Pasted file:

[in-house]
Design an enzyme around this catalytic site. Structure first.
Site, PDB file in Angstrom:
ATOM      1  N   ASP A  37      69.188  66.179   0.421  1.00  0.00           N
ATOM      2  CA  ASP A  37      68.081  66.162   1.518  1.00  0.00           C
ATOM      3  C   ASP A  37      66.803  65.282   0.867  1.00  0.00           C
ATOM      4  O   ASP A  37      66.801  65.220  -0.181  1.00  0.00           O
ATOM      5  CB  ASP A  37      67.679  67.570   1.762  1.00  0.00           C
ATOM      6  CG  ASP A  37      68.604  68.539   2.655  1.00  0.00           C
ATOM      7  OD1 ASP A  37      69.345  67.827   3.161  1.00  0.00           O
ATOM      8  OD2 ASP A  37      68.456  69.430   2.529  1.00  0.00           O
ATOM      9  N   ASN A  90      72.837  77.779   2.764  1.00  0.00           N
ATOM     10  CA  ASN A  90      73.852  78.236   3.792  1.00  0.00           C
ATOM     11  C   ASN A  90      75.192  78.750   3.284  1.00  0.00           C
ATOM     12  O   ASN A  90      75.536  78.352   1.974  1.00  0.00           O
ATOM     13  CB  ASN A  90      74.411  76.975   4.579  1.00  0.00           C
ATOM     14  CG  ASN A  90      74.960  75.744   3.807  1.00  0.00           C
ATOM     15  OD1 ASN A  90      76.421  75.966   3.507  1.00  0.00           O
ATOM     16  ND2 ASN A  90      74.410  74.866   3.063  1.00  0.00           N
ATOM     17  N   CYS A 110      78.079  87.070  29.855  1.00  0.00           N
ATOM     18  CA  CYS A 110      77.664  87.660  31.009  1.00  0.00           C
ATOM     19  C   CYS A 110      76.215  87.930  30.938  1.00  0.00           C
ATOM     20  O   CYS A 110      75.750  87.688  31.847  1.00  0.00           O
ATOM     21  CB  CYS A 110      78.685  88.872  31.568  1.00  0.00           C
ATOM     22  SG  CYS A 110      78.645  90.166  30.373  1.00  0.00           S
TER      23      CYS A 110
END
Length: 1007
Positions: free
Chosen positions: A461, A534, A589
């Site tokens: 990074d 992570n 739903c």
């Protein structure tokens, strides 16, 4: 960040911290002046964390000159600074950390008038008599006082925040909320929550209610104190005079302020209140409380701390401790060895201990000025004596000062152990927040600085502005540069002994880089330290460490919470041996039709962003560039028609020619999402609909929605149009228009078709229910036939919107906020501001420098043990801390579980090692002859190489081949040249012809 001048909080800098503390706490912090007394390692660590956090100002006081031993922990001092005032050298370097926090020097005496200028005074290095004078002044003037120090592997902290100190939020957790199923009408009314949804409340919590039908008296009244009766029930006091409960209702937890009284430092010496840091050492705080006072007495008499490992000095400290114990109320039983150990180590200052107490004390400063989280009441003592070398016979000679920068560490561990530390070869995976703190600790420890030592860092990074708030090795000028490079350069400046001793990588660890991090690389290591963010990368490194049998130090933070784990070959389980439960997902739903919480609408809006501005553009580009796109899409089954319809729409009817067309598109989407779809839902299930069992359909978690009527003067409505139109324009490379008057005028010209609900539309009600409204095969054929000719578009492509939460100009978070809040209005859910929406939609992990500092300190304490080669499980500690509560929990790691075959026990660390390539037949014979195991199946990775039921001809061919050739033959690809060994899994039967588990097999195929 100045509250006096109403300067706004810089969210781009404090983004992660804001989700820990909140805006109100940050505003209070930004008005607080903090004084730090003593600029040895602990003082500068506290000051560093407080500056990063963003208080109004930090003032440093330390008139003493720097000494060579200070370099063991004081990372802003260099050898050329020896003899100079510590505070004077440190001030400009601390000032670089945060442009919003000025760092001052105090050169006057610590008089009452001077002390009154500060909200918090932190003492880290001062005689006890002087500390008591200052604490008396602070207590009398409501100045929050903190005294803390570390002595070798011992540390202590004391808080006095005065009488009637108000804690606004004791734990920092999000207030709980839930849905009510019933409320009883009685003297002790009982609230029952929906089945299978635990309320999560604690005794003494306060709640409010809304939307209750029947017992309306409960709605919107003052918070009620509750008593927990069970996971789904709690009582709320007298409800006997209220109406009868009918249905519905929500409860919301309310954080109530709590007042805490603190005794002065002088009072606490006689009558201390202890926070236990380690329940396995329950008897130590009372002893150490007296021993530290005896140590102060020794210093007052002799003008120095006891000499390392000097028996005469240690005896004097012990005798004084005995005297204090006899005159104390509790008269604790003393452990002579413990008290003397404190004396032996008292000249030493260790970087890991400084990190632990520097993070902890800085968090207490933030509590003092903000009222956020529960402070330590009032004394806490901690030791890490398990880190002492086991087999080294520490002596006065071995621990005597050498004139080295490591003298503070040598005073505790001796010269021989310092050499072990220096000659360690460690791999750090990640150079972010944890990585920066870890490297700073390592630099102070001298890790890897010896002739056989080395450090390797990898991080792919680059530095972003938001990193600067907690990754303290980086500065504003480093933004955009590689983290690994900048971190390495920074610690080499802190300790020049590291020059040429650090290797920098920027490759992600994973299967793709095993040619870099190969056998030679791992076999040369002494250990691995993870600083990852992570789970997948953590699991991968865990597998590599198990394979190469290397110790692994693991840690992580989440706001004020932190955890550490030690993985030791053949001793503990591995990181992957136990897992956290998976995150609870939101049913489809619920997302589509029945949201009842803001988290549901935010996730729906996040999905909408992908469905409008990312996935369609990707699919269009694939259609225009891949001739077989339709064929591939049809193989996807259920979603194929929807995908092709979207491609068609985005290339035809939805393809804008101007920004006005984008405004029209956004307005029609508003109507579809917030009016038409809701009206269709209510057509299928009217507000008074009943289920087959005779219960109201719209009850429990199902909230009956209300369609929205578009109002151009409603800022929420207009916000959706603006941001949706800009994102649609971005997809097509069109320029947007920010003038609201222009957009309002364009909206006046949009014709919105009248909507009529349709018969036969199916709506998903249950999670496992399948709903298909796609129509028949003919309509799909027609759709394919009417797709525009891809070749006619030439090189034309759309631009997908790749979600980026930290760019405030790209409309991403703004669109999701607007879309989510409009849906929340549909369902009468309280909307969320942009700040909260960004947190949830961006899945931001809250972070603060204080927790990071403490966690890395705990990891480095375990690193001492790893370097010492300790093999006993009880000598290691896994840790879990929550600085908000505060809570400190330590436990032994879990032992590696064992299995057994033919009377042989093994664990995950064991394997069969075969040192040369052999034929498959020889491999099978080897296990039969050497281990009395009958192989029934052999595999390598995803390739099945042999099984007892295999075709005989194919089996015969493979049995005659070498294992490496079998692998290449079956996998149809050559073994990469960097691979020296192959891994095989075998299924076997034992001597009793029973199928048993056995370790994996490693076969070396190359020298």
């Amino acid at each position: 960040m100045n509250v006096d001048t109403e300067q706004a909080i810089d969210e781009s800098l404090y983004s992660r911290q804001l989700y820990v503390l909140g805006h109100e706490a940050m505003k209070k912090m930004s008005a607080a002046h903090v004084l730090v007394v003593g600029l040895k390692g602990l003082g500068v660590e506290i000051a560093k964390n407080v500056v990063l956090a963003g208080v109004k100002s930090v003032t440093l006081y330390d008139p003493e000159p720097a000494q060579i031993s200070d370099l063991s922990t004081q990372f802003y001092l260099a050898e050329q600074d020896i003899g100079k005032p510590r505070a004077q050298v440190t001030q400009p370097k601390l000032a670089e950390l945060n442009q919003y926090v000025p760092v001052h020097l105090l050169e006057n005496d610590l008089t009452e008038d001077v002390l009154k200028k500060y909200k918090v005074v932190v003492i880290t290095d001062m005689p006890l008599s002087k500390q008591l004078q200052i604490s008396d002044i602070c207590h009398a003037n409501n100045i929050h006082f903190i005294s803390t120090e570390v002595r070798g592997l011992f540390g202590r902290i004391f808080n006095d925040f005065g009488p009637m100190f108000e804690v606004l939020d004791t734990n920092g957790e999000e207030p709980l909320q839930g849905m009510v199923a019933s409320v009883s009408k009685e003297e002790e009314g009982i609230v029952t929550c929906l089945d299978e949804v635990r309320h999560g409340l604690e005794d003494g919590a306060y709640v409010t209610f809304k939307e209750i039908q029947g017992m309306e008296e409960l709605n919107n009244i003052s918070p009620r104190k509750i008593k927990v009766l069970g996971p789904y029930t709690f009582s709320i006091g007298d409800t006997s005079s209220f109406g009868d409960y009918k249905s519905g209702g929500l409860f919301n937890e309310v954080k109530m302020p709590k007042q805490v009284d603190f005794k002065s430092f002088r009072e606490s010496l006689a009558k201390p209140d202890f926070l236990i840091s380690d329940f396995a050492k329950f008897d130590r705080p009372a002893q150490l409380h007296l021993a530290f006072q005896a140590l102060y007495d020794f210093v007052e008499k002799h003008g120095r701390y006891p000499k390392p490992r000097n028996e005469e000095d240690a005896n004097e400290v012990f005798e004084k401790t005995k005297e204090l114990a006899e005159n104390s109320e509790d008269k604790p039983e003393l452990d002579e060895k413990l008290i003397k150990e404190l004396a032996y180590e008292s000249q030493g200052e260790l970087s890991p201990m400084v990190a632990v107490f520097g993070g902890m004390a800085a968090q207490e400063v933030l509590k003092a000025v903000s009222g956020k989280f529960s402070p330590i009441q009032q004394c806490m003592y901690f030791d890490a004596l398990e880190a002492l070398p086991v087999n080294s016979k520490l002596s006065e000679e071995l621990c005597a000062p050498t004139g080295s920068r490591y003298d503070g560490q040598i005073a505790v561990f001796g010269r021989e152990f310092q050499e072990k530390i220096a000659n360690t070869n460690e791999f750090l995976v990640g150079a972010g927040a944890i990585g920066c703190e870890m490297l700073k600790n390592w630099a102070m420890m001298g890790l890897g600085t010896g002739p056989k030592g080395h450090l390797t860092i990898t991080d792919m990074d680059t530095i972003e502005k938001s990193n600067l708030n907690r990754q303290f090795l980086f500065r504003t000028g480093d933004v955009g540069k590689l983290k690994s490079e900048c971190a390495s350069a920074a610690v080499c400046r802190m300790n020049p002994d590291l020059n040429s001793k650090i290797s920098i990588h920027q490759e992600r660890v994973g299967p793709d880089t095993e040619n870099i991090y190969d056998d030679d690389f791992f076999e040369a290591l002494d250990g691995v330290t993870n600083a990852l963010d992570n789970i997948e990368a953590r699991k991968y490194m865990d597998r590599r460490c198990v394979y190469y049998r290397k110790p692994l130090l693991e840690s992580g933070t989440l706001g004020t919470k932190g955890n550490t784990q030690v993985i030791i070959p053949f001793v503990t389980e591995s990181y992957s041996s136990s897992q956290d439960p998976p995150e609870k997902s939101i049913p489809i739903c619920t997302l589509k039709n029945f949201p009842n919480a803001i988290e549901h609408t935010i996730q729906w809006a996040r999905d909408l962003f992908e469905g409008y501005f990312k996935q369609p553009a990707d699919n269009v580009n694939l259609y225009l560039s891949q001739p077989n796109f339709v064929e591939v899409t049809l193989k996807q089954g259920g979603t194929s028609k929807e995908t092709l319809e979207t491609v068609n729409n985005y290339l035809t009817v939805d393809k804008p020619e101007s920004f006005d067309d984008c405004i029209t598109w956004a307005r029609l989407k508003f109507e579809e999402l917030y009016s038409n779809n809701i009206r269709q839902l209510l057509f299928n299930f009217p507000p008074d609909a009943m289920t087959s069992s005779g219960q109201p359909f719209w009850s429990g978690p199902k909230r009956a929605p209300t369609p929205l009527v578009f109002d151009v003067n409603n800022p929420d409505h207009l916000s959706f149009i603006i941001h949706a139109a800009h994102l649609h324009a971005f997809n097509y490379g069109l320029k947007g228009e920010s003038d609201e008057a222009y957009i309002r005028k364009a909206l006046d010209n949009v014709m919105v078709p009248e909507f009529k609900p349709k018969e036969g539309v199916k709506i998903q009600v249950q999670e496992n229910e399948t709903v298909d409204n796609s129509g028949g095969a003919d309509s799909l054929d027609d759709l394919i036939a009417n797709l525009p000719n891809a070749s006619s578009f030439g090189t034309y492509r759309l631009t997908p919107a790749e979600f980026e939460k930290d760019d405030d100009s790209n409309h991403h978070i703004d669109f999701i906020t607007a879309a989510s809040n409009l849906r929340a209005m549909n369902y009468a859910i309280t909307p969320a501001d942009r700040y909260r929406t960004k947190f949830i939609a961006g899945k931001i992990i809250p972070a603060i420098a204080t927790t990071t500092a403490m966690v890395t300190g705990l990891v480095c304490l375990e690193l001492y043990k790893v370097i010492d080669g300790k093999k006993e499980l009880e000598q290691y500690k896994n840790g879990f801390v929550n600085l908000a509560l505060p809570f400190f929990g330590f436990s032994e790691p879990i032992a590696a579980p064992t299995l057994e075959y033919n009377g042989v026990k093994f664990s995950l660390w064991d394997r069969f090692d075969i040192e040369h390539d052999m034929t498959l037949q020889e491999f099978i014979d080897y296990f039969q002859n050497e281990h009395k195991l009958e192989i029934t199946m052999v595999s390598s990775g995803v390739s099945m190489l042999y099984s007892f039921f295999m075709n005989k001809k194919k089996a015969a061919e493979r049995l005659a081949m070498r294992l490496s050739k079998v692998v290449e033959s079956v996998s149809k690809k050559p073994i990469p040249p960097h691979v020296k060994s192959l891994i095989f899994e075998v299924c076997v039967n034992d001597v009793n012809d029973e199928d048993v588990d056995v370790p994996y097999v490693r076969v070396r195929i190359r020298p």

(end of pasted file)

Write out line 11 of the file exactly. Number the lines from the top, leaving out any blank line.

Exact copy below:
ATOM      8  OD2 ASP A  37      68.456  69.430   2.529  1.00  0.00           O